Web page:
In some of our themes along the Roman road system, the ancient, partly Greek or Roman names of settlements appear from tribes or settlements that have long disappeared already since then.
Just to make the approximate assignment to the respective region, we want to refer to these tribes again. Thus, the term Illyrien originating from the Greek for a region in the west of the Balkan peninsula, where the tribes of the Illyrians had settled. The later, ancient world power Rome, took over the areas of the tribes of the Illyrians and their names too in a somewhat adapted, Latin form as Illyrium.
From the records of the historian Herodotus it appears that the area of the Illyrians is said to have already extended from the Adriatic coast to Morava in the east and the Adige in the west in the fifth century BC. He even continued writing, there had already been close trade relations between the Illyrian tribes and the Greeks, which later even turned against the up-coming Macedonia of Alexander the Great. According to ancient scriptures, Demosthenes is said to have sought partnerships among the Illyrians as early as 342 BC, which were clearly directed against Macedonia. In the second half of the 3rd century, the Illyrian tribe of the Labeaten became a sort of leader of the Illyrian Empire. It was ruled by Pleuratos († 250), Agron († 231) and Teuta (231-228). Their settlement area was on the eastern Adriatic coast and extended from about the present day Montenegro in the north to the area of Lissos in the north of present-day Albania, with the king Teuta a mighty empire with its seat in Scodra, today's Shkodra existed.
At the height of their power, the kings of the Labeaten also ruled far parts of Dalmatia in the north and in the south the area as far as the river Vjosa. In the year 228 BC, this empire was conquered by the Romans. The territory of Shkodra, formerly the royal residence of kings, was organized as a vassal state of the Romans. It was there that Pinnes, the son of Teuta, followed by Skerdilaida (212-206), Pleuratos II (206-180) and finally Genthios (180-168). Then the city came under the direct rule of the Romans.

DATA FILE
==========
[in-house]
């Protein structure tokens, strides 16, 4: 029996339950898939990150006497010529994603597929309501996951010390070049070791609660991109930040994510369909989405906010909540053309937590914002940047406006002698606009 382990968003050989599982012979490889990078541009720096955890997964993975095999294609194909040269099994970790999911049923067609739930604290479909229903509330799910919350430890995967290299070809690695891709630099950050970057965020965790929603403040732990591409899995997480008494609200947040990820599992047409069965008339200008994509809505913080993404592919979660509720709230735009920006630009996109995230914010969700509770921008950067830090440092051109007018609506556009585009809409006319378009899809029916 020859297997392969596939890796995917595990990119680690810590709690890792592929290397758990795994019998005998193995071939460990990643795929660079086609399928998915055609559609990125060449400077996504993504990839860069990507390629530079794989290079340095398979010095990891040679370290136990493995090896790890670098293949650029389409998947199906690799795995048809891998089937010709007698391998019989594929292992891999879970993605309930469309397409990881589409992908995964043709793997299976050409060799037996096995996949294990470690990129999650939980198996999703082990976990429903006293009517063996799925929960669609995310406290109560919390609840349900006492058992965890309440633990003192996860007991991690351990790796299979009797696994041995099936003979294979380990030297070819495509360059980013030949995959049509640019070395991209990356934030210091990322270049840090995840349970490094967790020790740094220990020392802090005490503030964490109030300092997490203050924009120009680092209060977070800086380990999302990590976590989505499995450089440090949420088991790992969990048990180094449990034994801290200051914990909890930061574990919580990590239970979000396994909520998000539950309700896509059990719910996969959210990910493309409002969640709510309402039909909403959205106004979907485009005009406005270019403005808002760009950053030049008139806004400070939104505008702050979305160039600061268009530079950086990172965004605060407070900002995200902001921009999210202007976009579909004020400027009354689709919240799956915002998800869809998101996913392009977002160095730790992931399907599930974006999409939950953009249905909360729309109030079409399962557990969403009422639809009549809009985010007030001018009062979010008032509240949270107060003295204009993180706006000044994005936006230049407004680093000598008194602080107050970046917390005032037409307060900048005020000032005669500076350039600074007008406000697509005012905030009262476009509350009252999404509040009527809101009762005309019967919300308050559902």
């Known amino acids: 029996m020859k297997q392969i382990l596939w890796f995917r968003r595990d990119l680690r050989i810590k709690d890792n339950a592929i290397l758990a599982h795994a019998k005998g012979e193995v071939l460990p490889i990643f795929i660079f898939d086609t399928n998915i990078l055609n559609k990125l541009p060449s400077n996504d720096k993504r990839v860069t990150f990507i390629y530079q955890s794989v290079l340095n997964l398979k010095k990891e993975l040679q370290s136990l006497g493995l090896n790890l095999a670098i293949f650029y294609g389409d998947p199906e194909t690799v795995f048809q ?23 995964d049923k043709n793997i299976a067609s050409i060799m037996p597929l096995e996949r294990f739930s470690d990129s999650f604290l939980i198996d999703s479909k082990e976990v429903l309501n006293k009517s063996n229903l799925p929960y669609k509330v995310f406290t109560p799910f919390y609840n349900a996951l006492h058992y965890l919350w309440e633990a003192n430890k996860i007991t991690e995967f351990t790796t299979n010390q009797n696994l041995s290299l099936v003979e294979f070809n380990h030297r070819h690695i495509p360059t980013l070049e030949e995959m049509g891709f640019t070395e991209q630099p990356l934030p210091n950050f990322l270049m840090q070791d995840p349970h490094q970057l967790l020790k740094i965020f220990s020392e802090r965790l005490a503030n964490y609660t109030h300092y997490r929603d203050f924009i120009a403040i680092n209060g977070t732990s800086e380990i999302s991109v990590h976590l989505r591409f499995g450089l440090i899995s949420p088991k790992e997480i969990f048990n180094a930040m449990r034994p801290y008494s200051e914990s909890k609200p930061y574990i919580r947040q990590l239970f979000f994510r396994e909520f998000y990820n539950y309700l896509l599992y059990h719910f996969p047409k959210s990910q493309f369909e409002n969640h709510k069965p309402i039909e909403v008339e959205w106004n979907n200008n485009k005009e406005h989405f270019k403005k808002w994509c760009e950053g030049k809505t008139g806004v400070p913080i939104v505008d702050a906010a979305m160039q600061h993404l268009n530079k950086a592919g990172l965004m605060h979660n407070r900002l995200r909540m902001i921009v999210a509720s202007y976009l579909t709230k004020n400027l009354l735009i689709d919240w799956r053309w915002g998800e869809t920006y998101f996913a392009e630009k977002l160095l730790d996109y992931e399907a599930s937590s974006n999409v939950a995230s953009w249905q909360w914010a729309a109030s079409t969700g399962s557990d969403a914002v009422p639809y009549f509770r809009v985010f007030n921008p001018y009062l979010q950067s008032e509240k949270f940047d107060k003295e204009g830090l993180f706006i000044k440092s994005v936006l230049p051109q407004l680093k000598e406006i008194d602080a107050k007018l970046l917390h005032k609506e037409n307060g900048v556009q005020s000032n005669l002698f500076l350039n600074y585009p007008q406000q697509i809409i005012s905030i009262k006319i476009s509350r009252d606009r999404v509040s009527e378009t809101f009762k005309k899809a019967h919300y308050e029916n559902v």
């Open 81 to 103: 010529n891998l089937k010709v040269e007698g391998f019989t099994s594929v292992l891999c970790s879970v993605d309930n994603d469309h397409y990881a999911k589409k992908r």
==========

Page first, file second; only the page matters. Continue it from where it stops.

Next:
After further long battles, the empire of the Illyrians fell completely under the rule of the Roman Empire and from then on was called Illyricum in Latin. Under Sulla it was united with Macedonia, just with Gaius Iulius Caesar it became an independent province. A great uprising of the Illyrians between the years 6 and 9 AD could be kept by the Romans with huge difficulties.
When the Romans conquered the territory of the Pannonian tribes later, they called it Illyricum inferius, later Dalmatia, however, it was named Illyricum superius. In late antiquity, after the imperial reform of Diocletian, Illyricum was divided into seven provinces: two parts as Noricum, two as Pannonia, Valeria, Savia, Dalmatia and Dacia (the Dioecesis Illyrici occidentale). Later Illyricum was administered by a Praefectus, it included the provinces Moesia superior, both Dacia, Dardania, Macedonia, Thessalia, Achaea, both Epirus, Praevalitana and Crete.
Between the 3rd and 6th century Illyricum provided not only many recruits for the army, but also a number of Roman emperors, including Diocletian and Justinian I. After the division of 395 many Illyrian territories counted to the Eastern Roman Empire, when repeatedly border disputes appeared with Western Rome. Latin remained as the common language, and large parts of the region were under Canon law of the Bishop of Rome. The northern Illyricum was settled by East Gothic tribes at the beginning of the 6th century, since about 580 Slavs settled in the entire region, who gradually supplanted the Illyrians.
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